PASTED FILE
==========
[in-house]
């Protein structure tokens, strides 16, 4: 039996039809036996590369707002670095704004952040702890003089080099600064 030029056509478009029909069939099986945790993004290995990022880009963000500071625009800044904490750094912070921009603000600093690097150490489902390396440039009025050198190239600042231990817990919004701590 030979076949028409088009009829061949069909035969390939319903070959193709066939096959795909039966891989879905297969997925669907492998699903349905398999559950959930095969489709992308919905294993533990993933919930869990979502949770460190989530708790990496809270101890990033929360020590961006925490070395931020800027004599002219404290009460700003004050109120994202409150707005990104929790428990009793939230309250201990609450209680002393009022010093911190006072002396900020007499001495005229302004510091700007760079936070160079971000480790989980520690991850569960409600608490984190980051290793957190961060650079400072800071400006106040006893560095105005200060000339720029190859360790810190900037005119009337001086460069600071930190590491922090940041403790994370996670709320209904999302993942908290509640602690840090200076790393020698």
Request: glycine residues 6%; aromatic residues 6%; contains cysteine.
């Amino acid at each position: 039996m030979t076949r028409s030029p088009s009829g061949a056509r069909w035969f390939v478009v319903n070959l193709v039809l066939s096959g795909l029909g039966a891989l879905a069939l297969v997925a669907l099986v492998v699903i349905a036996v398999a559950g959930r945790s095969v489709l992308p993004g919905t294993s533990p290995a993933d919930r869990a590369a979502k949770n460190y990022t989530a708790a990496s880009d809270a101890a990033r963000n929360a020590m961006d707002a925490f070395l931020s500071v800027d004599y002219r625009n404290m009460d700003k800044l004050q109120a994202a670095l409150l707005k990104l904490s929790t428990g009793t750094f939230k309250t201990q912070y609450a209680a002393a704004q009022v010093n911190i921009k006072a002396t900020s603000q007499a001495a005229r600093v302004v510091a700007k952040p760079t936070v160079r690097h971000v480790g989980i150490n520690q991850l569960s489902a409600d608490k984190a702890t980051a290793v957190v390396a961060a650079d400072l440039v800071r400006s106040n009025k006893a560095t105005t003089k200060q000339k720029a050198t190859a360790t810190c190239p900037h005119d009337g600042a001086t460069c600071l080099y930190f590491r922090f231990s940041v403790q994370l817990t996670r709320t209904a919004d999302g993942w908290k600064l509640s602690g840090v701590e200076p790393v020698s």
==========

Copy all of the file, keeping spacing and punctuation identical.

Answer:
[in-house]
């Protein structure tokens, strides 16, 4: 039996039809036996590369707002670095704004952040702890003089080099600064 030029056509478009029909069939099986945790993004290995990022880009963000500071625009800044904490750094912070921009603000600093690097150490489902390396440039009025050198190239600042231990817990919004701590 030979076949028409088009009829061949069909035969390939319903070959193709066939096959795909039966891989879905297969997925669907492998699903349905398999559950959930095969489709992308919905294993533990993933919930869990979502949770460190989530708790990496809270101890990033929360020590961006925490070395931020800027004599002219404290009460700003004050109120994202409150707005990104929790428990009793939230309250201990609450209680002393009022010093911190006072002396900020007499001495005229302004510091700007760079936070160079971000480790989980520690991850569960409600608490984190980051290793957190961060650079400072800071400006106040006893560095105005200060000339720029190859360790810190900037005119009337001086460069600071930190590491922090940041403790994370996670709320209904999302993942908290509640602690840090200076790393020698």
Request: glycine residues 6%; aromatic residues 6%; contains cysteine.
């Amino acid at each position: 039996m030979t076949r028409s030029p088009s009829g061949a056509r069909w035969f390939v478009v319903n070959l193709v039809l066939s096959g795909l029909g039966a891989l879905a069939l297969v997925a669907l099986v492998v699903i349905a036996v398999a559950g959930r945790s095969v489709l992308p993004g919905t294993s533990p290995a993933d919930r869990a590369a979502k949770n460190y990022t989530a708790a990496s880009d809270a101890a990033r963000n929360a020590m961006d707002a925490f070395l931020s500071v800027d004599y002219r625009n404290m009460d700003k800044l004050q109120a994202a670095l409150l707005k990104l904490s929790t428990g009793t750094f939230k309250t201990q912070y609450a209680a002393a704004q009022v010093n911190i921009k006072a002396t900020s603000q007499a001495a005229r600093v302004v510091a700007k952040p760079t936070v160079r690097h971000v480790g989980i150490n520690q991850l569960s489902a409600d608490k984190a702890t980051a290793v957190v390396a961060a650079d400072l440039v800071r400006s106040n009025k006893a560095t105005t003089k200060q000339k720029a050198t190859a360790t810190c190239p900037h005119d009337g600042a001086t460069c600071l080099y930190f590491r922090f231990s940041v403790q994370l817990t996670r709320t209904a919004d999302g993942w908290k600064l509640s602690g840090v701590e200076p790393v020698s």